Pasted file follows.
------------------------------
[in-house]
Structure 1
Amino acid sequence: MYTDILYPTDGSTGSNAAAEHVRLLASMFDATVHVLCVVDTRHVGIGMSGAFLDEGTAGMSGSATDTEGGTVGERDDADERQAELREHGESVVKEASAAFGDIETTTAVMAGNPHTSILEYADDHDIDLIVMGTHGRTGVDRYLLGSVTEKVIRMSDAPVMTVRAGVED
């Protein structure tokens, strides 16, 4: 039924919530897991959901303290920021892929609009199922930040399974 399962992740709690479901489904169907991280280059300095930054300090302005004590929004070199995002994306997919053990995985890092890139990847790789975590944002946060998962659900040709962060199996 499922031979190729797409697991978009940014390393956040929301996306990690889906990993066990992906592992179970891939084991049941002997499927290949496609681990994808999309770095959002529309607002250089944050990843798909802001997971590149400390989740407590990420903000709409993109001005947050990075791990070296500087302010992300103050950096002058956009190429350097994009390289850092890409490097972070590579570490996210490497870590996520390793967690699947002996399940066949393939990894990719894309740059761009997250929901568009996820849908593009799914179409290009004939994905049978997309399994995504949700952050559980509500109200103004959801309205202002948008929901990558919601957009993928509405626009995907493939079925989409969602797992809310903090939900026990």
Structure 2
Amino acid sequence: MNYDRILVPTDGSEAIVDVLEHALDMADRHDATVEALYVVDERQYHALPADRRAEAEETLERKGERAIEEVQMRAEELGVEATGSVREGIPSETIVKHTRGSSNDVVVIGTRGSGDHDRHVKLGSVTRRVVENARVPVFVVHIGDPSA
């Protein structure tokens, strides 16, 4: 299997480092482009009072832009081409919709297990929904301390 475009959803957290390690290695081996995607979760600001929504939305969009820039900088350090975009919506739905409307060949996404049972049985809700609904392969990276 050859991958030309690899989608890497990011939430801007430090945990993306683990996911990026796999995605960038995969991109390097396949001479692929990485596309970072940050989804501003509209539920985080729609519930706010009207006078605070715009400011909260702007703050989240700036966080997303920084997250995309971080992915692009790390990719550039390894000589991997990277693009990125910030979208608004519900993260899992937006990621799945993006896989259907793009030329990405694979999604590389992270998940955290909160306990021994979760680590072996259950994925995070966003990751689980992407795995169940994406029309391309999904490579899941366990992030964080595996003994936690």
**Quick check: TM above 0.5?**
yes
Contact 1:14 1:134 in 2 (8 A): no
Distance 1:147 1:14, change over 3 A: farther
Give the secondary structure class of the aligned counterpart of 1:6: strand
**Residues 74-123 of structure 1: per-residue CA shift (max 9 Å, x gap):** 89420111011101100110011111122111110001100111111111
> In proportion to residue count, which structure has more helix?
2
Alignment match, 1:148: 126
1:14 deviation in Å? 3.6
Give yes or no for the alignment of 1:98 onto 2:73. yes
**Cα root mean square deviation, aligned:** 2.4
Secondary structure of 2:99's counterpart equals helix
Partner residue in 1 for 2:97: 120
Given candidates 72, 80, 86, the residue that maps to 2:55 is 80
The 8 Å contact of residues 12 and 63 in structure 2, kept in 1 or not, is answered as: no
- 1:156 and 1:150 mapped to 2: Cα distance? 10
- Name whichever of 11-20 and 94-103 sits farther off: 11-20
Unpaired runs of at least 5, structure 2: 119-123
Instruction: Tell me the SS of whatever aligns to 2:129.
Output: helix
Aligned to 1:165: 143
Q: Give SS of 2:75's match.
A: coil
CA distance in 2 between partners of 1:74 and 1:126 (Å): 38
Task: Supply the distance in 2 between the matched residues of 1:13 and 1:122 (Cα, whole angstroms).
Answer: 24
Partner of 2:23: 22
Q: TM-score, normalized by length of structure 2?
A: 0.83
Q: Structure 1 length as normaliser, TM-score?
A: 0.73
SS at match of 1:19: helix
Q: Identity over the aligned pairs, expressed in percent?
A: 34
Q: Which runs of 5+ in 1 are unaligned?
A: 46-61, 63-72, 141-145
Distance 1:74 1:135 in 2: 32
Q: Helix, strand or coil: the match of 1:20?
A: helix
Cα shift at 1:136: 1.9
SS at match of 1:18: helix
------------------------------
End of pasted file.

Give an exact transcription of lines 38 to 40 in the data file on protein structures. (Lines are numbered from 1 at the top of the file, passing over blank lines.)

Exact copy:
Q: Structure 1 length as normaliser, TM-score?
A: 0.73
SS at match of 1:19: helix